Elon Musk clearly believes in integrating core services within the cars that Tesla Motors produces. Tesla Models, including S, 3, X, and Y, will soon have Apple Music and Amazon Music as native in-car services.
The majority of automotive companies rely on service providers such as Amazon, Google, Apple, etc. to shoulder the responsibility of media playback. While there’s highly capable Android Auto and Apple CarPlay, Tesla Motors insists on deeper integration of streaming services within the core interface of their cars’ interface.
Tesla Motors allows drivers to completely switch off their smartphones and instead, rely entirely on their cars:
Tesla Motors has been working on integrating different music streaming services within its all-electric vehicles. The tablet-sized, multi-touch, infotainment, and AI-based autonomous driving and navigation system already has several music streaming services such as Spotify, TuneIn, Pandora, Audible, etc. However, not all of them are fully functional yet.
Quite recently, Tesla Motors CEO Elon Musk indicated that Tesla would add Tidal to its integrated music services. He tweeted, “Entertainment will be critical when cars drive themselves.”
Entertainment will be critical when cars drive themselves
— Elon Musk (@elonmusk) December 28, 2020
Tesla Motors recently released a new software update that enables drivers to hide media sources. With the new update, users can head over to the settings and choose to see only those media sources that they actually use.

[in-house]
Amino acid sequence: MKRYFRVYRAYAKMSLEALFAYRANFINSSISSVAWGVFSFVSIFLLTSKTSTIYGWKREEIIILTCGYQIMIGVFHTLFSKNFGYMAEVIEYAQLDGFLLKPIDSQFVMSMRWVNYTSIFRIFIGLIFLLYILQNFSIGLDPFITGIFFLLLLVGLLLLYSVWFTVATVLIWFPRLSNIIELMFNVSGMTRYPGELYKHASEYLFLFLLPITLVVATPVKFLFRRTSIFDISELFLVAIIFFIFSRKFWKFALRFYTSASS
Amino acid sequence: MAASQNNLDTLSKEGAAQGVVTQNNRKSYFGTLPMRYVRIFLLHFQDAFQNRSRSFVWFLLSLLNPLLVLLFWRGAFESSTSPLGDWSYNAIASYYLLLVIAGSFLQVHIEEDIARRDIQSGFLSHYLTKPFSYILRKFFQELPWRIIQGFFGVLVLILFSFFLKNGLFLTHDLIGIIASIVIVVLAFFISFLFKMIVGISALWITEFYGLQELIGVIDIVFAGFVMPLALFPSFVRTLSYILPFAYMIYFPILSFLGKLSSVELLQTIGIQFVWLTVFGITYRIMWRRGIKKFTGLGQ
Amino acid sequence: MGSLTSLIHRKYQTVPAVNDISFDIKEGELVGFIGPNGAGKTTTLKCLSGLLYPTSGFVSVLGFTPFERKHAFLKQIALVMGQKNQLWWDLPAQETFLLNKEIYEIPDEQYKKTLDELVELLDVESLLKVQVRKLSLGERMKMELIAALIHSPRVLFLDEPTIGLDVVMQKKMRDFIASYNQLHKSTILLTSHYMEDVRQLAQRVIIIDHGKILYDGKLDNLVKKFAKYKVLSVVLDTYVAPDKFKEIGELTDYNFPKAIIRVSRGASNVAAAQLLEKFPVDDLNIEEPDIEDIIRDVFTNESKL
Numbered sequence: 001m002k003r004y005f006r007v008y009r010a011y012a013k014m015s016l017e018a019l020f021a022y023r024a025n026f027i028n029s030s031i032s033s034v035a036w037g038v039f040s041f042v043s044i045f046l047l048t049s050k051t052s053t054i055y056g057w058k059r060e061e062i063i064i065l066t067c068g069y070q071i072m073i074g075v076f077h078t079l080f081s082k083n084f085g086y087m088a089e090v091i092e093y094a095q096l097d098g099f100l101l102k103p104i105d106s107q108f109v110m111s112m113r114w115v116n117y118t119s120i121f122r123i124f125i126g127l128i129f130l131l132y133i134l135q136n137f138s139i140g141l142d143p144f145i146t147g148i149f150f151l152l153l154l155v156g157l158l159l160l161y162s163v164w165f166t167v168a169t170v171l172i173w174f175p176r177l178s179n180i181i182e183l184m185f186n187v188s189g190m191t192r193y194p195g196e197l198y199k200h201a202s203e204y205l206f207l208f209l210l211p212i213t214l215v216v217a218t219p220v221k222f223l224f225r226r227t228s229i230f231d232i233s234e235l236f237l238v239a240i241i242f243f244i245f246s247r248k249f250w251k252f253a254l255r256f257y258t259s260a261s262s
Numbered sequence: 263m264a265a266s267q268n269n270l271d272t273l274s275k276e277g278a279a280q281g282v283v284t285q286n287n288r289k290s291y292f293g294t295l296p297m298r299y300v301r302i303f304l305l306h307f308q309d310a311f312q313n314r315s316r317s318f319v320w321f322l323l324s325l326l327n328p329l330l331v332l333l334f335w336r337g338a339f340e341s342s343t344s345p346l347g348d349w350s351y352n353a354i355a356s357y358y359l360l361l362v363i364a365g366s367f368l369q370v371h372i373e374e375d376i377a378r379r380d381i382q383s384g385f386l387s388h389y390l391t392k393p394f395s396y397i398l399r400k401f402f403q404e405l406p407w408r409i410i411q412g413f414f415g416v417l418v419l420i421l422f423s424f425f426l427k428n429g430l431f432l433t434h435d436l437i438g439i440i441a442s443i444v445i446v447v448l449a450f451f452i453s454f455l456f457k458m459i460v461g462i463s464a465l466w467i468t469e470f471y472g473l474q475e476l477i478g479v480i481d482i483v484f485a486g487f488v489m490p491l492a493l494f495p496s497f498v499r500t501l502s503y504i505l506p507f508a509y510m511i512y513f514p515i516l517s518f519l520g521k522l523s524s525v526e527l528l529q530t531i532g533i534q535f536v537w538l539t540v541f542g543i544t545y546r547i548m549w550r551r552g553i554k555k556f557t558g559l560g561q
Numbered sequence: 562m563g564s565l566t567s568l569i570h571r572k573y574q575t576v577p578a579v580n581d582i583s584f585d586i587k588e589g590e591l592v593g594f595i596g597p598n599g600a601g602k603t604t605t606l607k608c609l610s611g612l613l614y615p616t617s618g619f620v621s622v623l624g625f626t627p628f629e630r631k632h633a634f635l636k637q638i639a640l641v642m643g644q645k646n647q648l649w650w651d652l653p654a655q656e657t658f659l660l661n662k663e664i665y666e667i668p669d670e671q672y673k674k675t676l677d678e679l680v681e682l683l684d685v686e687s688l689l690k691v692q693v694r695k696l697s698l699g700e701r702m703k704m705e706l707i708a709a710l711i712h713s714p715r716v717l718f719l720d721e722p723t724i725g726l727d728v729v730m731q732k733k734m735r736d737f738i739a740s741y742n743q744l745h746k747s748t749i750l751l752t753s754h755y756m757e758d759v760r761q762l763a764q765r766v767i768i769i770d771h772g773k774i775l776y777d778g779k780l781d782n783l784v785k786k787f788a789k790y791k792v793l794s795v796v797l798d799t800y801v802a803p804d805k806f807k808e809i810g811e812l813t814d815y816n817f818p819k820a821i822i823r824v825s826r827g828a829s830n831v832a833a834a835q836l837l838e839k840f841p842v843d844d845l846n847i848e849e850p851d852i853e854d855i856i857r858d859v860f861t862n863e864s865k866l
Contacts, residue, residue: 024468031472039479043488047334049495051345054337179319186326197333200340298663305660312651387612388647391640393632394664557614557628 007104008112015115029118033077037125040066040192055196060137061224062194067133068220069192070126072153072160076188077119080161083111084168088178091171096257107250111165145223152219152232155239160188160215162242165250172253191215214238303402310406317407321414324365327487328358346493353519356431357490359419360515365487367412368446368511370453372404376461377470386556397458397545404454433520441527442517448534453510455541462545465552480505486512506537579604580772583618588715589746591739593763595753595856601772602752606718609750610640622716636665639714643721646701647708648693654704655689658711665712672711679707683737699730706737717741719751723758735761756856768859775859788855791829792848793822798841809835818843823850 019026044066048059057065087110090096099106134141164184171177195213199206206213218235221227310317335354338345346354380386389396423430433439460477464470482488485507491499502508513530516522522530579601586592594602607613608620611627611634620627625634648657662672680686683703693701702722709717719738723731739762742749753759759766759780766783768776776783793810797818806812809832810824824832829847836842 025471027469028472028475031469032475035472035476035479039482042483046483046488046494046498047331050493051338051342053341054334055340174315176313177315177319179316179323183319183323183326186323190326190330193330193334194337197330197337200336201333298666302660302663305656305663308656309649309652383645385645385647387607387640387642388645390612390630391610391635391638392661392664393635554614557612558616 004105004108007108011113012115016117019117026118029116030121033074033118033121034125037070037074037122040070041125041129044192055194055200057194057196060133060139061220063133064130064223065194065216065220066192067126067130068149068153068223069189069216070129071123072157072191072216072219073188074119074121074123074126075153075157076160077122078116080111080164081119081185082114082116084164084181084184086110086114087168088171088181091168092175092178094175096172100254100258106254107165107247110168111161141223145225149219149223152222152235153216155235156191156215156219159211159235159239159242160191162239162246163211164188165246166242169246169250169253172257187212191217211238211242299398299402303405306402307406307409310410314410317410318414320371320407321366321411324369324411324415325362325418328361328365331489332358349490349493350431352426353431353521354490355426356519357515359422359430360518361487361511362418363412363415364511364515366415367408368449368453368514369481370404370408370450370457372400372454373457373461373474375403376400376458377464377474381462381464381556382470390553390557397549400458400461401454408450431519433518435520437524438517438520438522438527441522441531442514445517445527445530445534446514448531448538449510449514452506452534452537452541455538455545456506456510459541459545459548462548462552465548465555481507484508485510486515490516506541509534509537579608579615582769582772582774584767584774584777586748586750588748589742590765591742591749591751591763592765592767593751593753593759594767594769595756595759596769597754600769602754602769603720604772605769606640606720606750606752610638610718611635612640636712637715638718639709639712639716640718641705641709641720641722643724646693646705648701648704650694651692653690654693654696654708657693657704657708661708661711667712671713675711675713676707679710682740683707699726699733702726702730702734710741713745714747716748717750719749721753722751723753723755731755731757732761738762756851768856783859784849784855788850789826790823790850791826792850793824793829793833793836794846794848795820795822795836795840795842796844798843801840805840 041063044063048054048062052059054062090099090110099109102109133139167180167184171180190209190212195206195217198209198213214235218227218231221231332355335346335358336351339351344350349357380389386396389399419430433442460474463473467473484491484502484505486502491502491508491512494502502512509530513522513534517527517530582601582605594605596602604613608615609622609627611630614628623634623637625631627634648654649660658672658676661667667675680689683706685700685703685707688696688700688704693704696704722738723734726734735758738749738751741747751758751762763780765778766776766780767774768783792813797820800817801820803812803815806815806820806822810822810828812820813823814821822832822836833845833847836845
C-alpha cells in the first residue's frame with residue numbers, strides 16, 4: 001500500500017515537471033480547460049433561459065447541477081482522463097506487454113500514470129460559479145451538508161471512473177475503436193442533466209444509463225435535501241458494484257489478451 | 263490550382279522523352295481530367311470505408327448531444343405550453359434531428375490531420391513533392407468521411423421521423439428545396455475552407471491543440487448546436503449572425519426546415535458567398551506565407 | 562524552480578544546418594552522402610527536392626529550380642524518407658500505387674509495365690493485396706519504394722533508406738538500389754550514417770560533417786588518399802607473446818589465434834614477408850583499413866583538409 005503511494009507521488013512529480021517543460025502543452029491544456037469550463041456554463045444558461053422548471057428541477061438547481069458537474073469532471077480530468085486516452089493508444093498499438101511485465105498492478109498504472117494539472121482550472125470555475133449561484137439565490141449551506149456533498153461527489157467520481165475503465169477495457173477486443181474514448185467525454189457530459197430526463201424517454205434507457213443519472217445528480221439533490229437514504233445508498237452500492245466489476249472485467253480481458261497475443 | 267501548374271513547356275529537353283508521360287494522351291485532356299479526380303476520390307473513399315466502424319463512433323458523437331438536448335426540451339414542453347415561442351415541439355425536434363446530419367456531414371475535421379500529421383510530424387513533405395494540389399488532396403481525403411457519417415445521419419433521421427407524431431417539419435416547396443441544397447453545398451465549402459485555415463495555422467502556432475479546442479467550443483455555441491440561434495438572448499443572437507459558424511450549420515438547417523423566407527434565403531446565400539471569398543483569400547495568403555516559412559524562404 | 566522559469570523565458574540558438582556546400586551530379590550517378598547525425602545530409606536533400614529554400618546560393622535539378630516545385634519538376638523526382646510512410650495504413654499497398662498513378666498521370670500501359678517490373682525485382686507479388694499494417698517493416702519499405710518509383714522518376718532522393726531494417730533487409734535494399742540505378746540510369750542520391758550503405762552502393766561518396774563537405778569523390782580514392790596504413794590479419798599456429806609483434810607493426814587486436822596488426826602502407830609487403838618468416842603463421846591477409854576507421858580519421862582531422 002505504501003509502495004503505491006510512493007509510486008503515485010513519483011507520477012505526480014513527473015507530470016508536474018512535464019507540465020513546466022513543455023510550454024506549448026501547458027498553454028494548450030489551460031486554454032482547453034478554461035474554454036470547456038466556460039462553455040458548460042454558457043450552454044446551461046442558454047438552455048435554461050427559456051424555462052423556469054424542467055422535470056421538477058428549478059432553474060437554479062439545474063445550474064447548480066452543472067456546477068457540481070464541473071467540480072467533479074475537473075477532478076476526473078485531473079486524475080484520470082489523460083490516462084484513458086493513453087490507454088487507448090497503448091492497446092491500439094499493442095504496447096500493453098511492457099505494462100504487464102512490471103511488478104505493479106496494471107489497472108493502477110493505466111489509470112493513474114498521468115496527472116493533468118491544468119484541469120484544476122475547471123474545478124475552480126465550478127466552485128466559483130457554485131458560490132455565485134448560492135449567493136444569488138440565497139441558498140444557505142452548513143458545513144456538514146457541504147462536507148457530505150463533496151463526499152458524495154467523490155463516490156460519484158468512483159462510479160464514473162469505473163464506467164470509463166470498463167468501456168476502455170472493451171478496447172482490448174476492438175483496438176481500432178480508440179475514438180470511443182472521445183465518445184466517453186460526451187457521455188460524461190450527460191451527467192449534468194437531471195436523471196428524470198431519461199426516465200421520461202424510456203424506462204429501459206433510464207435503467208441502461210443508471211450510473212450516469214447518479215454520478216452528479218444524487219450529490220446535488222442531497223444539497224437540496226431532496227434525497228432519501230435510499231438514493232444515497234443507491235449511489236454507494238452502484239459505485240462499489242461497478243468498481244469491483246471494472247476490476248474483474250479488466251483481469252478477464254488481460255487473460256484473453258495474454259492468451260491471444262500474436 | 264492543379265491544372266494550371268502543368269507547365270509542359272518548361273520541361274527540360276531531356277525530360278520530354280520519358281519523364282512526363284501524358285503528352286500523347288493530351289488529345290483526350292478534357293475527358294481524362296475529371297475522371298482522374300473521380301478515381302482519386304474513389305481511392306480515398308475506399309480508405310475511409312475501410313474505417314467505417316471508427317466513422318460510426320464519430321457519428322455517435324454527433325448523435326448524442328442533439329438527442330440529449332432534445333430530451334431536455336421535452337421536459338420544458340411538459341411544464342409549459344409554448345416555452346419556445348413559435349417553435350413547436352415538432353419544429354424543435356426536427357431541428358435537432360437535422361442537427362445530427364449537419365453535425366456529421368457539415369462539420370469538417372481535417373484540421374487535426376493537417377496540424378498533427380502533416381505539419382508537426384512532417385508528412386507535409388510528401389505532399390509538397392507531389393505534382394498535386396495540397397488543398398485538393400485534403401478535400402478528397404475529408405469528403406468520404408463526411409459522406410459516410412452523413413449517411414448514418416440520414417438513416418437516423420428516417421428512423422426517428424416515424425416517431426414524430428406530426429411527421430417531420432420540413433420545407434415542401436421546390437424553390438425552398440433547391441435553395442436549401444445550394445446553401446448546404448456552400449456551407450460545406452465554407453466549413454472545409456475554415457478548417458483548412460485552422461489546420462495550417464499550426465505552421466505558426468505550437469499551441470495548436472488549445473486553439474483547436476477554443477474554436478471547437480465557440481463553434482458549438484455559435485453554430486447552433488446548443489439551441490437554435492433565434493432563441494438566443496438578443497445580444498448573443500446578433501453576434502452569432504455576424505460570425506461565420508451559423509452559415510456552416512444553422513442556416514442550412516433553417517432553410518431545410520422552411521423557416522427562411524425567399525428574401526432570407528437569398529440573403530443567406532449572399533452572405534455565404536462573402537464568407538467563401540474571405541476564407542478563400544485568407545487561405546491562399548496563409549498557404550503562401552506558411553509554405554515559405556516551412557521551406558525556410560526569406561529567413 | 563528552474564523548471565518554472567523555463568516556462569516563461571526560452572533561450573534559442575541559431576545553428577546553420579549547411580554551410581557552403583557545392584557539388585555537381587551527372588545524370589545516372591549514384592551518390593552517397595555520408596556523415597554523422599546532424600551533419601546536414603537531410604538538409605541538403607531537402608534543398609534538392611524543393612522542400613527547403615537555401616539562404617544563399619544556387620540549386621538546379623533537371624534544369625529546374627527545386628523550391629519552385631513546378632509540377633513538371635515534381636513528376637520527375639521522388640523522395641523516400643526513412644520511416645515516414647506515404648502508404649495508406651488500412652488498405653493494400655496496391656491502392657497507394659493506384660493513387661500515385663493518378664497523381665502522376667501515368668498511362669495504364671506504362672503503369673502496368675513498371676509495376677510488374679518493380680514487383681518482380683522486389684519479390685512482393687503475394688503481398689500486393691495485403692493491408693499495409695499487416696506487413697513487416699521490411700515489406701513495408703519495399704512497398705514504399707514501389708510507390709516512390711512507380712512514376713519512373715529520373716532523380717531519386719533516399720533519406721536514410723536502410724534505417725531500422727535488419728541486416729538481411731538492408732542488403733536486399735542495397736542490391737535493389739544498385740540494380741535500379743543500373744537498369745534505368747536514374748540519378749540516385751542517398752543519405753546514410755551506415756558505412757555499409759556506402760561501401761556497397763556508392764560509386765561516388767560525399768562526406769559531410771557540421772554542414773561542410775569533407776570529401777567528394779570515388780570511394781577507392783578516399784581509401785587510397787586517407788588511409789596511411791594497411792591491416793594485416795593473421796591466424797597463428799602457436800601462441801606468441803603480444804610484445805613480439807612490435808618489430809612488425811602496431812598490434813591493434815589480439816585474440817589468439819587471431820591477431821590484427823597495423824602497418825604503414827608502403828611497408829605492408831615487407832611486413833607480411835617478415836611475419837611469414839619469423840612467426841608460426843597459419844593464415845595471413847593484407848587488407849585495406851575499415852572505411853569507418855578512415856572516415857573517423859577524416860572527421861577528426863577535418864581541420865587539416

The resultant list will then shorten or lengthen as per the setting. Experts indicate such a simple setting will become very useful because Tesla Motors could essentially double the number of music services that drivers can use over the course of the next year.
Why is Tesla Motors insisting on integrating music streaming services within the car’s UI?
Android Auto and Apple CarPlay are two of the most popular and commonly available smart infotainment ecosystems. Carmakers regularly rely on these platforms to drive the entire entertainment and information services.
However, one of the most glaring limitations of Android Auto and Apple CarPlay is the complete reliance on the connected or synced smartphone. The in-car infotainment system might be large and have powerful hardware, but in the end, it is just a large screen that projects the information that a smartphone sends. The same holds true for the audio, or in this case, music.
Tesla Motors’ approach essentially eliminates the need to have a smartphone switched and connected with the vehicle. Simply put, services do not have to rely on a switched-on and working smartphone to work in a Tesla vehicle.
Looks like more media sources are coming soon. Though it’s not quite there yet.
The icon in UI is wrong, but the correct on is already populated. pic.twitter.com/dmavYUvuh7
— green (@greentheonly) December 27, 2020
Tesla drivers will be able to link their music streaming accounts with their respective services directly to their cars. Drivers can then use the services through the car’s interface without ever needing their smartphones.
Traditional techniques linked smartphones with the car’s infotainment system using Bluetooth. Tesla Motors UI does offer a similar option.
Some automotive experts suggest Tesla Motors is keen on remaining completely independent from any third-party platform for its cars’ intelligent UI system. Incidentally, the company has a reliable wireless network functioning within its vehicles to achieve the goal.